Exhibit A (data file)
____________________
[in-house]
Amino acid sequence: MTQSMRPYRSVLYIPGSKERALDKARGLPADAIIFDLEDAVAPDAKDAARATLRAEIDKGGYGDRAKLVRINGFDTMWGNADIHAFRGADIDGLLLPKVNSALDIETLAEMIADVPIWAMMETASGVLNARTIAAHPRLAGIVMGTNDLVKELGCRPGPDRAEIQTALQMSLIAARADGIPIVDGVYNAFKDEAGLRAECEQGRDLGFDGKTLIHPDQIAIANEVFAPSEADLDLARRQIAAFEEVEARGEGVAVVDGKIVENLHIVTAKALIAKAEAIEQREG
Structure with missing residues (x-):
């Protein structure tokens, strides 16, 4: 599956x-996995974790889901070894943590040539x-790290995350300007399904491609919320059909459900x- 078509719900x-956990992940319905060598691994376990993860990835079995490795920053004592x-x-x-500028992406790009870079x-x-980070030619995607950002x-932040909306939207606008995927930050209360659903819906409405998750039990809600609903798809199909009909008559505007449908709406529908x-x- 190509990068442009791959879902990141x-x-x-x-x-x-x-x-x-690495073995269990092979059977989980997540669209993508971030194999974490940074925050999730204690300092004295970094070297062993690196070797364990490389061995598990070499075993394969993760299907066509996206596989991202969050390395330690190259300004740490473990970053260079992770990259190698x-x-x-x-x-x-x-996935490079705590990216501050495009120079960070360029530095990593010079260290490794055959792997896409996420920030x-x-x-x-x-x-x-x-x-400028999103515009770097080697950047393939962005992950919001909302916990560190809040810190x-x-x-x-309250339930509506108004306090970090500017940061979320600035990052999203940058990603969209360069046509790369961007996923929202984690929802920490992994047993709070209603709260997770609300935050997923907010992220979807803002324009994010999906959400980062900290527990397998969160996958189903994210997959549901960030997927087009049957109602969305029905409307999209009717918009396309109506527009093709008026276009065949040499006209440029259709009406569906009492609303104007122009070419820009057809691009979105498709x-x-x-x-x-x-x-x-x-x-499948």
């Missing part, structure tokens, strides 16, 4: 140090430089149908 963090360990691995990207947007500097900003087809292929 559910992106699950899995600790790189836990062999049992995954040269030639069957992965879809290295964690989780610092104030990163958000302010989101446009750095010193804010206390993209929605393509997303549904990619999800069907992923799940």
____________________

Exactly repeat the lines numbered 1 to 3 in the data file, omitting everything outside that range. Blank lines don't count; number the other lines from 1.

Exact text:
[in-house]
Amino acid sequence: MTQSMRPYRSVLYIPGSKERALDKARGLPADAIIFDLEDAVAPDAKDAARATLRAEIDKGGYGDRAKLVRINGFDTMWGNADIHAFRGADIDGLLLPKVNSALDIETLAEMIADVPIWAMMETASGVLNARTIAAHPRLAGIVMGTNDLVKELGCRPGPDRAEIQTALQMSLIAARADGIPIVDGVYNAFKDEAGLRAECEQGRDLGFDGKTLIHPDQIAIANEVFAPSEADLDLARRQIAAFEEVEARGEGVAVVDGKIVENLHIVTAKALIAKAEAIEQREG
Structure with missing residues (x-):